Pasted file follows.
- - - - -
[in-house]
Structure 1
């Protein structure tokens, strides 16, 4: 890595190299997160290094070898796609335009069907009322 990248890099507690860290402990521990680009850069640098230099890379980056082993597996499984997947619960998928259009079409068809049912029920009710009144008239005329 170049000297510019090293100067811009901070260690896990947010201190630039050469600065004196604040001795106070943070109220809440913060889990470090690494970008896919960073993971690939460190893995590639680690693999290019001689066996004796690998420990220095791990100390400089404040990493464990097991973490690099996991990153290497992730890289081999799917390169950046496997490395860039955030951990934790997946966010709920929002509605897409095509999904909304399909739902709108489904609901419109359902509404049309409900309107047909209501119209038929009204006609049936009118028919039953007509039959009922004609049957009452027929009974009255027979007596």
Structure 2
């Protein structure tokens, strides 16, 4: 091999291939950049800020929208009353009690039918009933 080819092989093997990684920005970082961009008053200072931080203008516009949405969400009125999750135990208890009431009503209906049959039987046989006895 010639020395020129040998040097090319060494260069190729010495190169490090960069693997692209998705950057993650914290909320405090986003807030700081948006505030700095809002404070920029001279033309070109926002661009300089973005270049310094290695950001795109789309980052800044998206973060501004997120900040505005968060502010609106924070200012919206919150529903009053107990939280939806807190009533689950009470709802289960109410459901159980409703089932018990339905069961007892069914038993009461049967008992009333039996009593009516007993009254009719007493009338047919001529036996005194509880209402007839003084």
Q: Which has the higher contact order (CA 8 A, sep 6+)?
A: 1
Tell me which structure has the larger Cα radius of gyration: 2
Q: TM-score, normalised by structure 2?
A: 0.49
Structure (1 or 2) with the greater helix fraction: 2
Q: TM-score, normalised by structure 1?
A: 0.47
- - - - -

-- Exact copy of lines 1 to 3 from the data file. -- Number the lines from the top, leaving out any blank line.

[in-house]
Structure 1
């Protein structure tokens, strides 16, 4: 890595190299997160290094070898796609335009069907009322 990248890099507690860290402990521990680009850069640098230099890379980056082993597996499984997947619960998928259009079409068809049912029920009710009144008239005329 170049000297510019090293100067811009901070260690896990947010201190630039050469600065004196604040001795106070943070109220809440913060889990470090690494970008896919960073993971690939460190893995590639680690693999290019001689066996004796690998420990220095791990100390400089404040990493464990097991973490690099996991990153290497992730890289081999799917390169950046496997490395860039955030951990934790997946966010709920929002509605897409095509999904909304399909739902709108489904609901419109359902509404049309409900309107047909209501119209038929009204006609049936009118028919039953007509039959009922004609049957009452027929009974009255027979007596």